Classical Path Planning with RRTs
RRT-Connect is a simple
and efficient algorithm for solving single-query path planning
problems in high-dimensional configuration spaces. Inspired by
classical AI bidirectional search, the method works by incrementally
building two Rapidly-exploring
Random Trees (RRTs) rooted at the start and the goal
configurations. The trees each explore space around them and also
advance towards each other through the use of a greedy
heuristic. (See algorithm
The algorithm was designed to be both general
and practical, and has been successfully applied to a variety of challenging planning problems. Some of the
key advantages of RRT-Connect include:
- No preprocessing of the environment.
- The free configuration space is explored in a greedy fashion,
yet high-dimensional local minima are gracefully overcome.
- Computation time scales with problem difficulty (i.e. simple
queries will be solved very efficiently).
- Easy to implement effectively (no complicated parameter tuning is
- Proven to ultimately converge to uniform coverage of any
non-convex space (provided the sampling distribution in
Path planning problems arise in such diverse fields as robotics,
assembly analysis, virtual prototyping, pharmaceutical drug design,
manufacturing, and computer
animation. Path planning problems generally involve computing a
continuous sequence ("a path") of configurations (generalized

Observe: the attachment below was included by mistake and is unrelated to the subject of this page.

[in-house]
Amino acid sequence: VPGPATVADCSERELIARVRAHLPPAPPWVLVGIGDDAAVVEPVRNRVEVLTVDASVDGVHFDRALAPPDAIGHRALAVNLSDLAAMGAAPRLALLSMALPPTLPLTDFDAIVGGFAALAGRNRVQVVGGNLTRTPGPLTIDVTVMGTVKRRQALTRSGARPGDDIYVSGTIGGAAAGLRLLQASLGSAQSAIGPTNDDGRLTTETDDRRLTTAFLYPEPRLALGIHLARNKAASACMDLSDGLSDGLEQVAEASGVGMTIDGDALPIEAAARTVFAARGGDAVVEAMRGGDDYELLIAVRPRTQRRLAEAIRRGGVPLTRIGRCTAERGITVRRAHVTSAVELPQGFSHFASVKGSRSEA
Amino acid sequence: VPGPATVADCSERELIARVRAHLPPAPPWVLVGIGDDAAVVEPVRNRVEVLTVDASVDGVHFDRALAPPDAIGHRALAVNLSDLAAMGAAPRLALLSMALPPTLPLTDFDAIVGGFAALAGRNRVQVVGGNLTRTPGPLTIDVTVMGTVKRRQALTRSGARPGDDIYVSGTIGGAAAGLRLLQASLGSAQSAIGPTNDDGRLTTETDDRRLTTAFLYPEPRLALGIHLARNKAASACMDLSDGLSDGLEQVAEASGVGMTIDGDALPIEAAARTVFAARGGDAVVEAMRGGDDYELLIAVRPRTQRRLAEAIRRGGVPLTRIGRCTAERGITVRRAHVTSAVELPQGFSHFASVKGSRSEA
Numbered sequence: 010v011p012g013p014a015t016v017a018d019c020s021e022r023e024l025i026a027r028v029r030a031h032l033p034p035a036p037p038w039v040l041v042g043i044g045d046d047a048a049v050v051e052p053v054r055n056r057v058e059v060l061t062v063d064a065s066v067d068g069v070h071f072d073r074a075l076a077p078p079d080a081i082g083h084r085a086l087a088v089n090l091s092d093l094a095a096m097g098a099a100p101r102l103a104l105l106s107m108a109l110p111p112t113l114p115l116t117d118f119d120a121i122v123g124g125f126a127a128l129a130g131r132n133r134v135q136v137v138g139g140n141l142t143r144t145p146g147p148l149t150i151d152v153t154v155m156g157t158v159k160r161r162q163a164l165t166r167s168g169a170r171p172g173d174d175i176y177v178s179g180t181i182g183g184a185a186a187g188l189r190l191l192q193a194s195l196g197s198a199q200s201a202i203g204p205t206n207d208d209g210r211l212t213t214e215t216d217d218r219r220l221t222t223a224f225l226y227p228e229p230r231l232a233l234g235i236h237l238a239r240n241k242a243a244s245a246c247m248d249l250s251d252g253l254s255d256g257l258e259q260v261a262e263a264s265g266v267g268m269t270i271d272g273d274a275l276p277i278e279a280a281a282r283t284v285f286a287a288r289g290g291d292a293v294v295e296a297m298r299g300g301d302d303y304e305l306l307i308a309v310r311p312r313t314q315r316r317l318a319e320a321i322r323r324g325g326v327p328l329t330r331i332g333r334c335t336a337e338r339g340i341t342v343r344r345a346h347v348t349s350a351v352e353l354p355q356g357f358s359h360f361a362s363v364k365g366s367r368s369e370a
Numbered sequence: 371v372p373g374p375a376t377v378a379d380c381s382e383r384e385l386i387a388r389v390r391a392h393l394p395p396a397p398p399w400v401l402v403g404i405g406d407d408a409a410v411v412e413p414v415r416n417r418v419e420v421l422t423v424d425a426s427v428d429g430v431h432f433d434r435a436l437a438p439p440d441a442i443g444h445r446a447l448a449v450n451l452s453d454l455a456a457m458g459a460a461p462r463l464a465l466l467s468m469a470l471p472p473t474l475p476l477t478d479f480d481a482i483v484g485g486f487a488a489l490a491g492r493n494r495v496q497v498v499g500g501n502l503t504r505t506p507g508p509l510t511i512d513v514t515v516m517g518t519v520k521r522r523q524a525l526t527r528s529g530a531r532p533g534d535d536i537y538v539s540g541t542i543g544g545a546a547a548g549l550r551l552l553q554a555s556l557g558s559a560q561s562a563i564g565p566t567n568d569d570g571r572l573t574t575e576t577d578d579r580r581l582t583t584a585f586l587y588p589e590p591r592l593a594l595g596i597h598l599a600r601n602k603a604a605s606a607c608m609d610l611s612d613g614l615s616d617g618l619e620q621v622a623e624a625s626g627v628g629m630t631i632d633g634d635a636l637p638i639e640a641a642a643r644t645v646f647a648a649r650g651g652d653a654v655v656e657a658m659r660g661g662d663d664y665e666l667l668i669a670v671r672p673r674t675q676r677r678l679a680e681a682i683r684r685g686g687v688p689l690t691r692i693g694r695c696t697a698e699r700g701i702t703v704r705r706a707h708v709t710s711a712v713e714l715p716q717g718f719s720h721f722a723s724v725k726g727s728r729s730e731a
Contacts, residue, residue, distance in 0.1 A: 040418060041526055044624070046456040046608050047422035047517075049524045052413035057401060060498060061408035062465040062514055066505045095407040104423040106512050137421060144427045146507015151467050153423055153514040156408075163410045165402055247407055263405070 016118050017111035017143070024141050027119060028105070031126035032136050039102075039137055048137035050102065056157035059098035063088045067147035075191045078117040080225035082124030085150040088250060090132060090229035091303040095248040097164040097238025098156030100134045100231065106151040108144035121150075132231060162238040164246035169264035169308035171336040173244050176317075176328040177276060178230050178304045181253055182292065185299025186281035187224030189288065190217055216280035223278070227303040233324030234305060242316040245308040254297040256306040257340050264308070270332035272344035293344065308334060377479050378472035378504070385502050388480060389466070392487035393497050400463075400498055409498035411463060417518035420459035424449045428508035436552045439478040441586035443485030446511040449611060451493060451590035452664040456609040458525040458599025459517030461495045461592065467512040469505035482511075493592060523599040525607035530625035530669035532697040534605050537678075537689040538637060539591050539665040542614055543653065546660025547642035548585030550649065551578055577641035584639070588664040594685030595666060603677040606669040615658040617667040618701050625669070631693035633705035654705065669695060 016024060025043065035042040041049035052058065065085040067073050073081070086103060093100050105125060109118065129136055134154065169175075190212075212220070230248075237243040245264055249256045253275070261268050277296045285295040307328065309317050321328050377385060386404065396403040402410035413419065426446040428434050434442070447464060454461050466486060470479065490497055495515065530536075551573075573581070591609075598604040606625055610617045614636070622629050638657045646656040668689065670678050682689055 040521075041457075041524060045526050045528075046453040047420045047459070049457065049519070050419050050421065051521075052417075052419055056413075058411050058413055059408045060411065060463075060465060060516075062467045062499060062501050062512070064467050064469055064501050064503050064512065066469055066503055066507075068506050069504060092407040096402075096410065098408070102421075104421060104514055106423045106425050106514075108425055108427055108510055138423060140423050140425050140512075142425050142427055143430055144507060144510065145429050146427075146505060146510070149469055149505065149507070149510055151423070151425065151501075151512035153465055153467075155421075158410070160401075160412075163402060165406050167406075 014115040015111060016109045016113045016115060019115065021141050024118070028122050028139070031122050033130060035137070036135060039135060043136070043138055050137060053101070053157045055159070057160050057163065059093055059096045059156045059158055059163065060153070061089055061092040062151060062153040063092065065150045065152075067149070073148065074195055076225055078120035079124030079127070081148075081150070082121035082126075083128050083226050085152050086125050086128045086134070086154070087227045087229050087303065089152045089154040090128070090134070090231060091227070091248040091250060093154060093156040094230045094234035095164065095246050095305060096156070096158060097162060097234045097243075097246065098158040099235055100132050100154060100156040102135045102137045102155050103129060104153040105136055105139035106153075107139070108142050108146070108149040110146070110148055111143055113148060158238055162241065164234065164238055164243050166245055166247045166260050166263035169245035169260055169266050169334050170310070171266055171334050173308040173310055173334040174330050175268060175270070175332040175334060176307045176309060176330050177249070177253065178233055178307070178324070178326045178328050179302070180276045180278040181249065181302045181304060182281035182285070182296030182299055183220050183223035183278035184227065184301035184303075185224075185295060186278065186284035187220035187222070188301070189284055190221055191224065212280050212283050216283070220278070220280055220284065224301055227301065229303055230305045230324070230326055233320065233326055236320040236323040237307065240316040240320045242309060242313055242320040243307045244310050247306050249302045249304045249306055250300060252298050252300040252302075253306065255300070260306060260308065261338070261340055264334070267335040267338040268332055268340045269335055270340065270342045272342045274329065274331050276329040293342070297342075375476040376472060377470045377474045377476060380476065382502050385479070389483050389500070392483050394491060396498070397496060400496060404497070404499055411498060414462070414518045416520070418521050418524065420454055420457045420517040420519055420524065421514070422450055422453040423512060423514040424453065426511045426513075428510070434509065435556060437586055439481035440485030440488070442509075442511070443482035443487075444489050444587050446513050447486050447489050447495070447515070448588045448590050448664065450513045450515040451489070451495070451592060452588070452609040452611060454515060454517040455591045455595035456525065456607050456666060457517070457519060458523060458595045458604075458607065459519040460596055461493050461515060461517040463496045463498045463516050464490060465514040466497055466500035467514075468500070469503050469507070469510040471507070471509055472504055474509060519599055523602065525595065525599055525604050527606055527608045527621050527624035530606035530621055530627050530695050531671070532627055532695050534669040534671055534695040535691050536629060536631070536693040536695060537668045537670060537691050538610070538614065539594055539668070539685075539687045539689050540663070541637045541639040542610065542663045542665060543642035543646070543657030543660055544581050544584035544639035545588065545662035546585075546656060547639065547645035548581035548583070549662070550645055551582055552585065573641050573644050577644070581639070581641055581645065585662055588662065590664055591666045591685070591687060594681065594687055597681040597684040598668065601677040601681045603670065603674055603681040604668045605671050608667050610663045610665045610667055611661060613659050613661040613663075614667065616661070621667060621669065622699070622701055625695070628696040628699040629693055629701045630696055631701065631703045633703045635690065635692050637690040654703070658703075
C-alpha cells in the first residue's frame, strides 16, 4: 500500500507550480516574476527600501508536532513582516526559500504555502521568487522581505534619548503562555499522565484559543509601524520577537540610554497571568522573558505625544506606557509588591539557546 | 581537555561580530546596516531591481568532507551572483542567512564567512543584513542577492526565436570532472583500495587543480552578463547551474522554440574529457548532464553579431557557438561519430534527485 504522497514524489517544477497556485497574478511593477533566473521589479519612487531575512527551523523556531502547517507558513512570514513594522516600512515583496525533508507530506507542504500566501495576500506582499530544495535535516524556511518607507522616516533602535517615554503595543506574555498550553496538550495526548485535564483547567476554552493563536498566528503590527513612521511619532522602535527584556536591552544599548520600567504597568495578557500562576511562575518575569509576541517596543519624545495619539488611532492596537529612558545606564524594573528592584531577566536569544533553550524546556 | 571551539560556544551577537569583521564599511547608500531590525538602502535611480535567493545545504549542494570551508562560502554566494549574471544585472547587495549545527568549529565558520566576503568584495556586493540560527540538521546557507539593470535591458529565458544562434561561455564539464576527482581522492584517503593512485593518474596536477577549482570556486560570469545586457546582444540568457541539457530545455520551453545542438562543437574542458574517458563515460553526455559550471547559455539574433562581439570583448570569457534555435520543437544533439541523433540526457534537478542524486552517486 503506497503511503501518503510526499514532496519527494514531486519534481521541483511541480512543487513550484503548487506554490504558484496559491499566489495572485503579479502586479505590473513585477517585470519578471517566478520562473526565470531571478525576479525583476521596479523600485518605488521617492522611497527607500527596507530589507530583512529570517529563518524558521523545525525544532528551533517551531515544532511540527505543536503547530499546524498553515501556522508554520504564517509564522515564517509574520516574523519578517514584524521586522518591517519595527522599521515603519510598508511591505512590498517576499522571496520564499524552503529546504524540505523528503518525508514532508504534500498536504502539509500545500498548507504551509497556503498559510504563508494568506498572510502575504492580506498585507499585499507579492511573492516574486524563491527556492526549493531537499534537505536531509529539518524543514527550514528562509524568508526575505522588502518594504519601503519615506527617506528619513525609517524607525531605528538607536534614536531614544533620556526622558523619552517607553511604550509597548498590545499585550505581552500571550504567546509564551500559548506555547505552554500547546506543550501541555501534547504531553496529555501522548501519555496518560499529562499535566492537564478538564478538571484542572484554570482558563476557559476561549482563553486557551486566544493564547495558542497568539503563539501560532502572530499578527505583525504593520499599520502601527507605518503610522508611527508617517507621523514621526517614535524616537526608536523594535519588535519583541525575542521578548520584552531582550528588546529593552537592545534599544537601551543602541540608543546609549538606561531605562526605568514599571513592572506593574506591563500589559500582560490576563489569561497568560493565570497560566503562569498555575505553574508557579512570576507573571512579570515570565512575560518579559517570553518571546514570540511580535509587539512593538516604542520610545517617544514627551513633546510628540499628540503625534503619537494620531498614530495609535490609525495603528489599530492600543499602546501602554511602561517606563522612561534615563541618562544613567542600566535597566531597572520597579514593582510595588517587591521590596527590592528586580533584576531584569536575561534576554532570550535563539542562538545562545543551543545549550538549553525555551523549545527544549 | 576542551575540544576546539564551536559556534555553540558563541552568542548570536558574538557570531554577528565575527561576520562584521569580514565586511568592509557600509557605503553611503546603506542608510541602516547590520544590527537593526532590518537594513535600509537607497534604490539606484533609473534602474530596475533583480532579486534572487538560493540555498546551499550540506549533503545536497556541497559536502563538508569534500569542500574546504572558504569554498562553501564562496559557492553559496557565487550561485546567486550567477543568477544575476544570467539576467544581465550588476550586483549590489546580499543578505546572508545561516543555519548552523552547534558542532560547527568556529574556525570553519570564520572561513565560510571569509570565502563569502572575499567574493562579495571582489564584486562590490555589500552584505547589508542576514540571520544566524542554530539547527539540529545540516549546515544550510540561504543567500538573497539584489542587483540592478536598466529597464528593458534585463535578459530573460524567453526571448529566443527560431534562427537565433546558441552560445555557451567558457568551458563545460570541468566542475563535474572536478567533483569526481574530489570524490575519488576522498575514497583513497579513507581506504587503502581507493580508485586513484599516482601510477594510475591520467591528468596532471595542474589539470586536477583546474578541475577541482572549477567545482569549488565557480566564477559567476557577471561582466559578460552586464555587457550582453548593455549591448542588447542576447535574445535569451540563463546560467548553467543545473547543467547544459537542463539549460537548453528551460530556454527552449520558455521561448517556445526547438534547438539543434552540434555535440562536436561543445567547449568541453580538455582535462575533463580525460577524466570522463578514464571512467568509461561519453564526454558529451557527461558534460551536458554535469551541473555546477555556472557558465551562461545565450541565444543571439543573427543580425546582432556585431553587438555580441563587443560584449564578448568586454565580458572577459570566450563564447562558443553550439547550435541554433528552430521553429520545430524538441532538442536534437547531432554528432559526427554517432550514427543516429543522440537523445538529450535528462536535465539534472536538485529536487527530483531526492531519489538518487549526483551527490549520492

coordinates) between an initial configuration (start) and a final
configuration (goal) while respecting certain constraints.
The "basic path planning problem" involves computing a
collision-free path between two configurations in a static environment
of known obstacles. In this case, the constraints on the solution
path arise from the geometry of both the obstacles and the "robot"
(the object for which a path is being computed). If the robot can be
represented as a single 3D rigid object that rotates and translates in
a 3D environment, then the problem is sometimes referred to as "the
"Path Planning" vs. "Motion Planning"
The term "motion planning" is usually distinguished from
"path planning" in that the computed path is parameterized by
time (i.e. a trajectory). The consideration of "time" or
"system dynamics" (physics) is often important for problems requiring
time-parameterized solution trajectories.
Random Trees (RRTs) were initially designed to plan open-loop
trajectories for systems with nonholonomic constraints induced by
Subsequently, RRT-Connect was developed to efficiently solve
instances of the "basic path planning problem" involving holonomic
systems. It was first used for automatically generating
collision-free object manipulation
motions for animated characters in interactive 3D virtual
environments. Since then, the algorithm has been refined and applied
to a broad class of interesting and
challenging planning problems.